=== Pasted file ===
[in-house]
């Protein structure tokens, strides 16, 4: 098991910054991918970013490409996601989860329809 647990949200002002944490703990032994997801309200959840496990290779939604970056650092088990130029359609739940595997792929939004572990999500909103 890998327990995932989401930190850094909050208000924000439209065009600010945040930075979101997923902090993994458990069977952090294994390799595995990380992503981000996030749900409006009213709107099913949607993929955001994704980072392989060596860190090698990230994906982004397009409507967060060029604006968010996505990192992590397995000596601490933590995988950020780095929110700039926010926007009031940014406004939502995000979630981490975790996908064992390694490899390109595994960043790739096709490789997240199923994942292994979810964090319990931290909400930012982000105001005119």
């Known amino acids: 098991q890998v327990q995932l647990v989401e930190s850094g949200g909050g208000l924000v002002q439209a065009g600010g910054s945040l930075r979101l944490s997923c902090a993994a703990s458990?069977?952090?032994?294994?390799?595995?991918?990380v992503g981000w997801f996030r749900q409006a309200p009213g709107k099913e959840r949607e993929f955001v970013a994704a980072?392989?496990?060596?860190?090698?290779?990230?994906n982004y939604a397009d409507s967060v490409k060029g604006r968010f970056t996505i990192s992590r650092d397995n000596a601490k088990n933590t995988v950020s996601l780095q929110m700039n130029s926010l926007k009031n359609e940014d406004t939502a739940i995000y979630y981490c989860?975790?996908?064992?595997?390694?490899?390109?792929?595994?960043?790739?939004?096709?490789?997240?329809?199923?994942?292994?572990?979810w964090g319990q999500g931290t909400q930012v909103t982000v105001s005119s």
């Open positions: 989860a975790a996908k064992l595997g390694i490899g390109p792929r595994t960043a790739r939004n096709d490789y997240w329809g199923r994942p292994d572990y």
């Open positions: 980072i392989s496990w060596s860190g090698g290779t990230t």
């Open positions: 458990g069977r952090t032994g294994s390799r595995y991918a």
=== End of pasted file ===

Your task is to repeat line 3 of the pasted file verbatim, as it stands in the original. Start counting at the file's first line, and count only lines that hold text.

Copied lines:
């Known amino acids: 098991q890998v327990q995932l647990v989401e930190s850094g949200g909050g208000l924000v002002q439209a065009g600010g910054s945040l930075r979101l944490s997923c902090a993994a703990s458990?069977?952090?032994?294994?390799?595995?991918?990380v992503g981000w997801f996030r749900q409006a309200p009213g709107k099913e959840r949607e993929f955001v970013a994704a980072?392989?496990?060596?860190?090698?290779?990230?994906n982004y939604a397009d409507s967060v490409k060029g604006r968010f970056t996505i990192s992590r650092d397995n000596a601490k088990n933590t995988v950020s996601l780095q929110m700039n130029s926010l926007k009031n359609e940014d406004t939502a739940i995000y979630y981490c989860?975790?996908?064992?595997?390694?490899?390109?792929?595994?960043?790739?939004?096709?490789?997240?329809?199923?994942?292994?572990?979810w964090g319990q999500g931290t909400q930012v909103t982000v105001s005119s």